A closer look at where they are being created and why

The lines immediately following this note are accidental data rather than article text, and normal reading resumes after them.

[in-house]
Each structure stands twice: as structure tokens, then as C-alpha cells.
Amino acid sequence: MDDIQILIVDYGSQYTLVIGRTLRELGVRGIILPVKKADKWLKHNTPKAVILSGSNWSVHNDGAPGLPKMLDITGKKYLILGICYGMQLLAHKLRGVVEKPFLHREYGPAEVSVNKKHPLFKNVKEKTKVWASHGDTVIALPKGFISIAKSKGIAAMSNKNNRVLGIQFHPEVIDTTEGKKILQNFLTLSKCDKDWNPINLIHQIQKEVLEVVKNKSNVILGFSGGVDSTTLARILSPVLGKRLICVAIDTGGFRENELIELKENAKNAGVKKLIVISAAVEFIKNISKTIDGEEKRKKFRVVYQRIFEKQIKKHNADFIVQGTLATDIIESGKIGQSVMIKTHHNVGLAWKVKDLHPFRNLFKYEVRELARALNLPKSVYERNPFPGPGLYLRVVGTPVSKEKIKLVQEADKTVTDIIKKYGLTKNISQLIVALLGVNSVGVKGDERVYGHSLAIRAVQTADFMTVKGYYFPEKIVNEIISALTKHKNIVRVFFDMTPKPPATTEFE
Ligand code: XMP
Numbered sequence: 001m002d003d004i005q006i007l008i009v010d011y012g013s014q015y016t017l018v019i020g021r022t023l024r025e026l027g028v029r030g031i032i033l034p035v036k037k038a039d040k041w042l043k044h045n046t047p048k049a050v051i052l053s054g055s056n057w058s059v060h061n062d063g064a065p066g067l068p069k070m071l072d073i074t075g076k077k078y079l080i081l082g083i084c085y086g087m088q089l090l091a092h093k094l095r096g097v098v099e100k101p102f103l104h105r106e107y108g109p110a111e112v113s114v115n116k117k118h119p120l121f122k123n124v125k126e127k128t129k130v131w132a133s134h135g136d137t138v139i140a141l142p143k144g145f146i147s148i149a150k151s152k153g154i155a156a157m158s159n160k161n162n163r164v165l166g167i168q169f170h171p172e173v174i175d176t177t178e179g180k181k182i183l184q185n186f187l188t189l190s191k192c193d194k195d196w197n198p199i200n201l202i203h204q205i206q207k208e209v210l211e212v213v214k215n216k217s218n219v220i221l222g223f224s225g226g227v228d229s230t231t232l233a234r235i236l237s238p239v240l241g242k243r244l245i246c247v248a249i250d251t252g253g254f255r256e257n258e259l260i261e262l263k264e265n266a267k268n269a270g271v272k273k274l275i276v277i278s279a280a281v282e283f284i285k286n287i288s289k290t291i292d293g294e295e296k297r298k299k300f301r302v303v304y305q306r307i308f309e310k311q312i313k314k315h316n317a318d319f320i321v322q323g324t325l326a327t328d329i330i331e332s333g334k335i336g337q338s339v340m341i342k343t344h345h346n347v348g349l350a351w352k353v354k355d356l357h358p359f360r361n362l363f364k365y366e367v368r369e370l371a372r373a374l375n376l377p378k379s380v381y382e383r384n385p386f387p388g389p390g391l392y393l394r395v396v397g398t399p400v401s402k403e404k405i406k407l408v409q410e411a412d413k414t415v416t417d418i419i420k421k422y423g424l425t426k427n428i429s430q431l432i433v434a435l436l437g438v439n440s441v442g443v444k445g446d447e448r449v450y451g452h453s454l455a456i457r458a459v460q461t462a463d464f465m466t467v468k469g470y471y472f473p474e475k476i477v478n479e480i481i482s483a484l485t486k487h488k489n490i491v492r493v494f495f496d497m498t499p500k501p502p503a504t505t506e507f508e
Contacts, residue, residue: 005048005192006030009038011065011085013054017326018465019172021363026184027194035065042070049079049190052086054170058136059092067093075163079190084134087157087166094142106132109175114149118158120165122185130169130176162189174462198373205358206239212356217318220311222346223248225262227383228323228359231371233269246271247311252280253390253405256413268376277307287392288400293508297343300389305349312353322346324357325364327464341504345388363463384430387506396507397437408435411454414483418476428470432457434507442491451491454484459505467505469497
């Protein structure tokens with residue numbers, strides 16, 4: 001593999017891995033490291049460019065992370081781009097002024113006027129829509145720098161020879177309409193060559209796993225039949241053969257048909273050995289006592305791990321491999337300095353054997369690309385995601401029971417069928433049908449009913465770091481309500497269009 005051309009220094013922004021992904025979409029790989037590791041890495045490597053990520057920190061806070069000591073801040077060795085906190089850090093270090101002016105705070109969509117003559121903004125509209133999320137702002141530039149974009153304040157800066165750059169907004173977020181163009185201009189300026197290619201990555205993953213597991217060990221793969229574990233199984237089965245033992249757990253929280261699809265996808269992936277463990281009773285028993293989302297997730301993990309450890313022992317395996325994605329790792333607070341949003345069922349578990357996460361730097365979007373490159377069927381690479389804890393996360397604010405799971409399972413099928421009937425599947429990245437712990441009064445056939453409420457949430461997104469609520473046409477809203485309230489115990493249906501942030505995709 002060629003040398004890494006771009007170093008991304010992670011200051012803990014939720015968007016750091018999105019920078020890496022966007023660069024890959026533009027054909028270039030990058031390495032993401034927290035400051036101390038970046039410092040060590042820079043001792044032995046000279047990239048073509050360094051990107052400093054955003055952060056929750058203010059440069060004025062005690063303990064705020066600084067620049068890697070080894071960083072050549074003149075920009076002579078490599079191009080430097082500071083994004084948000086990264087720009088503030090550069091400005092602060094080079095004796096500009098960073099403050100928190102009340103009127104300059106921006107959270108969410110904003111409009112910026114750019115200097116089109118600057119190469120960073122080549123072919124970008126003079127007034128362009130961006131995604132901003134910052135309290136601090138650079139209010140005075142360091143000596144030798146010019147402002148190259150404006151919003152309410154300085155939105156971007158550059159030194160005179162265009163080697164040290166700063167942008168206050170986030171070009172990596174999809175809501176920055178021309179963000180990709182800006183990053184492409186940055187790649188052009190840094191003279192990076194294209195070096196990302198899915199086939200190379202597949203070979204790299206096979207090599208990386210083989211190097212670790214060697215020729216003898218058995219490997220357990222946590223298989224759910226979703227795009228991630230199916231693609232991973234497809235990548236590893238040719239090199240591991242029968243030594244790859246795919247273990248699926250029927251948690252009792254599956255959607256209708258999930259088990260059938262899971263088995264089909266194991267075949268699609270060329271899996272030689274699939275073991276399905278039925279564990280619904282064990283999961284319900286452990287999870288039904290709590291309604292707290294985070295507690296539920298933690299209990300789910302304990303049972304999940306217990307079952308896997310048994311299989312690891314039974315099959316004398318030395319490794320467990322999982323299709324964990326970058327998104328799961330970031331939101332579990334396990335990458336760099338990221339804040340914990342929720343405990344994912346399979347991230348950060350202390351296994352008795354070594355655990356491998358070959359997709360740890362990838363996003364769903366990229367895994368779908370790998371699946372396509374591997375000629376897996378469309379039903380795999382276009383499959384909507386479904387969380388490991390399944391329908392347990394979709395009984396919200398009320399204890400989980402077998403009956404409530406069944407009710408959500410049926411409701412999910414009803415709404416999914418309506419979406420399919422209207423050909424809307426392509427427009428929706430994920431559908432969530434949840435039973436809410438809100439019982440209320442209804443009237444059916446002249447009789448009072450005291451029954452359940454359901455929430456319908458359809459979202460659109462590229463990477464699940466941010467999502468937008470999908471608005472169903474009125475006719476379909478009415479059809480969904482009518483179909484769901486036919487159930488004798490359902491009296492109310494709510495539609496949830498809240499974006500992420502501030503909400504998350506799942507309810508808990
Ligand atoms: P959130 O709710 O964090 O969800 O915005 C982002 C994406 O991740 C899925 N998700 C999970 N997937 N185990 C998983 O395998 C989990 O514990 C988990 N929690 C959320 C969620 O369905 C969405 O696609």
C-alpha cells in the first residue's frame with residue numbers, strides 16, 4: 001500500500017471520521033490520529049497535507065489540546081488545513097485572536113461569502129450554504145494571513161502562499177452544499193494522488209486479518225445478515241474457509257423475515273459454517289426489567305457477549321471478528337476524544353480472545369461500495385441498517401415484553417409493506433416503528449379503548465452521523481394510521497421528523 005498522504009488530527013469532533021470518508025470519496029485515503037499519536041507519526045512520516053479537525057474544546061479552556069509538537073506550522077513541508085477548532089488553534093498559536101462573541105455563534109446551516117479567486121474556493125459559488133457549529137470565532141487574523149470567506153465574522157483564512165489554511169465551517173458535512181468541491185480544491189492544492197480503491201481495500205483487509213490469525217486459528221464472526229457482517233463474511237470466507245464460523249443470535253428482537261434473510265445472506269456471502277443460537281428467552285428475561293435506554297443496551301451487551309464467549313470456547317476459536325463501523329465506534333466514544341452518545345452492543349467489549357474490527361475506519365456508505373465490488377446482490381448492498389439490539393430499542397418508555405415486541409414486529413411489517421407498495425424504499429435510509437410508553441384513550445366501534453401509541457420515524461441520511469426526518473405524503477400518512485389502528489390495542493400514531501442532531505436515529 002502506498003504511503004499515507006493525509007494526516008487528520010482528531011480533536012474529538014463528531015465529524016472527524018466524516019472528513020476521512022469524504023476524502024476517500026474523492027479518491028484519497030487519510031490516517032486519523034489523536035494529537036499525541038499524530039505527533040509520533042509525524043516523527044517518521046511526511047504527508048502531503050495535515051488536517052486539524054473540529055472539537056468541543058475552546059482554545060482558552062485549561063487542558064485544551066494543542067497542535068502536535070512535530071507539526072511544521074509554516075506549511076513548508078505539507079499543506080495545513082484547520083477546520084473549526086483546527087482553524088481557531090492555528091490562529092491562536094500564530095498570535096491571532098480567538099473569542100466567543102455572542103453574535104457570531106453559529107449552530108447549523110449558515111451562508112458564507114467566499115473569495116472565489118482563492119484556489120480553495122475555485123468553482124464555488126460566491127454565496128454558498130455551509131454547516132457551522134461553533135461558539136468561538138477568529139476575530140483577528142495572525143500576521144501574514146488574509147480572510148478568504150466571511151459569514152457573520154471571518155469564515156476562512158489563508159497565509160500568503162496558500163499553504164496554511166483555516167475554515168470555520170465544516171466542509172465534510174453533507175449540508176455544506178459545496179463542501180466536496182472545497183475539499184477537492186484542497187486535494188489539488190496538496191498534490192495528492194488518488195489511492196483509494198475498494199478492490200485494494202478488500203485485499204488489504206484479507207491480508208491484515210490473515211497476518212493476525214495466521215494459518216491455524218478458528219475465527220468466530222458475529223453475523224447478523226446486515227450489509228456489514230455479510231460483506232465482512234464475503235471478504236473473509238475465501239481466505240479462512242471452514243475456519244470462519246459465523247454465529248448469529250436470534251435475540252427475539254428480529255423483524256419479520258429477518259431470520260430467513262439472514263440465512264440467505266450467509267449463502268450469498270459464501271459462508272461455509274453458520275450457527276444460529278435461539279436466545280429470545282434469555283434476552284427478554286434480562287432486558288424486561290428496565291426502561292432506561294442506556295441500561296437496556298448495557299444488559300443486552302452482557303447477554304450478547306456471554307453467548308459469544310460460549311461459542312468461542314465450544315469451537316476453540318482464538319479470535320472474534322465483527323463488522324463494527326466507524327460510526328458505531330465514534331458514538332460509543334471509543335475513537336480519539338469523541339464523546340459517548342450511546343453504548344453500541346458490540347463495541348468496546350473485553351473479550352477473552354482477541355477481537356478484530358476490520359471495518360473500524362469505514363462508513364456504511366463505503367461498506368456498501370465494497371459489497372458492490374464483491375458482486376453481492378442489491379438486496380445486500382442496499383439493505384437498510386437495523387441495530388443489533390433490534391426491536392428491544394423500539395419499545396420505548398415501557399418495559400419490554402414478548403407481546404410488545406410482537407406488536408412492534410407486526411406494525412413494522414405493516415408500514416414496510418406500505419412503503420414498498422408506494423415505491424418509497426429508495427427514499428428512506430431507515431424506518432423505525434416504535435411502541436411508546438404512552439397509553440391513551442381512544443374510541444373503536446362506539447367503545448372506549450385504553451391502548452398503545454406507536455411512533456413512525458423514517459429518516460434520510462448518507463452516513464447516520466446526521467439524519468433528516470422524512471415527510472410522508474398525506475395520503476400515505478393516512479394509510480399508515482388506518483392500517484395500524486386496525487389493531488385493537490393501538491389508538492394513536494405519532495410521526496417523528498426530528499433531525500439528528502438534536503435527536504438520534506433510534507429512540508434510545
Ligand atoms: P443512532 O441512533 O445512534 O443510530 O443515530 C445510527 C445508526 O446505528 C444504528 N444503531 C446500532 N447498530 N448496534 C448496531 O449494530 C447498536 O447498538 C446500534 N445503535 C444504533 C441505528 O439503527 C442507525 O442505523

In the past decade, corporations have poured billions of dollars into sustainability projects, seeking savings through energy efficiency and pursuing innovation in the field of clean technology. Meanwhile, government agencies have supported environmental initiatives of their own, touting the public benefits of a greener society. But the question remains: how has the green movement impacted the pockets and perspective of the Average American worker? To answer, we focus on case studies in three spheres: green infrastructure, alternative energy, and electrical power. In each of these fields, respectively, the Empire State Building, the Marcellus Shale Region, and the San Francisco Bay Area provide visible examples of sustainability’s powerful capacity to generate well-paying and accessible jobs, even in tough economic times. The comprehensive work on the Empire State Building demonstrates the variety of projects—from window refurbishments to elevator upgrades—involved in green retrofits. Meanwhile, with the natural gas ventures in Marcellus, an entirely new industry has come to life, profoundly affecting the jobs landscape in the region. Finally, the smart grid development in the Bay Area highlights the convergence of manufacturing and industry with new technologies in the field sustainability. As the 2012 Presidential Election heats up, we’re hearing the same questions over and over again: how will the candidates create jobs? What will they do about the unemployment rate? Perhaps encouraging green jobs is part of the answer.